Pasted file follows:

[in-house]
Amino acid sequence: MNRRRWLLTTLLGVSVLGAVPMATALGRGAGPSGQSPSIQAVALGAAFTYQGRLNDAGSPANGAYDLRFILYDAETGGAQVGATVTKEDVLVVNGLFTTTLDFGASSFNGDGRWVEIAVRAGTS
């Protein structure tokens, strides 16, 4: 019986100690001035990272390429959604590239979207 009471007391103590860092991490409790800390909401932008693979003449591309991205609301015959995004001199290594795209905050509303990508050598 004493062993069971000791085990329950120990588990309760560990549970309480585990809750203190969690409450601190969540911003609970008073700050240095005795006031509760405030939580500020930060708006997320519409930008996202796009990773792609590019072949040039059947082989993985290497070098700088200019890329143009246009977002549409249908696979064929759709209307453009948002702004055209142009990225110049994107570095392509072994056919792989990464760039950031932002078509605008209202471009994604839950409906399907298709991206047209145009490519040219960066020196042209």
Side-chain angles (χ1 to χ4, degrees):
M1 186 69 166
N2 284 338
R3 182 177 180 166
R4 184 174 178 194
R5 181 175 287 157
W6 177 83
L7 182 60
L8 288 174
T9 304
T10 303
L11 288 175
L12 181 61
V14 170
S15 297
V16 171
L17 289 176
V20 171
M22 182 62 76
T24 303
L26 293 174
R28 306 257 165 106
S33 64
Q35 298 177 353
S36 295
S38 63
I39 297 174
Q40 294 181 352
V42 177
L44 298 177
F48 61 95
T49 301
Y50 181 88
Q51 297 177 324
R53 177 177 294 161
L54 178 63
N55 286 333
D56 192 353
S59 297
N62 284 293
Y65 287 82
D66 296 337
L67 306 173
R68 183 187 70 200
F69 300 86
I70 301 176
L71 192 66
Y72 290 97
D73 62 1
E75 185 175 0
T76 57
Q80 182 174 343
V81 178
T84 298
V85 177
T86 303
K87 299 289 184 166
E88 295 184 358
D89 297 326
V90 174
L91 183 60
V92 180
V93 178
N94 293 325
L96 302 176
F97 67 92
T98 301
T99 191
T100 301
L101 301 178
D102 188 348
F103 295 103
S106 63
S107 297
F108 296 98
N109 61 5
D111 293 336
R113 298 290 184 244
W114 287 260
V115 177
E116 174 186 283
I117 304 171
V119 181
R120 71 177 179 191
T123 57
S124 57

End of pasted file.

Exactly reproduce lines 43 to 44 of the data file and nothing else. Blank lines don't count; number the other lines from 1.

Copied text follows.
N62 284 293
Y65 287 82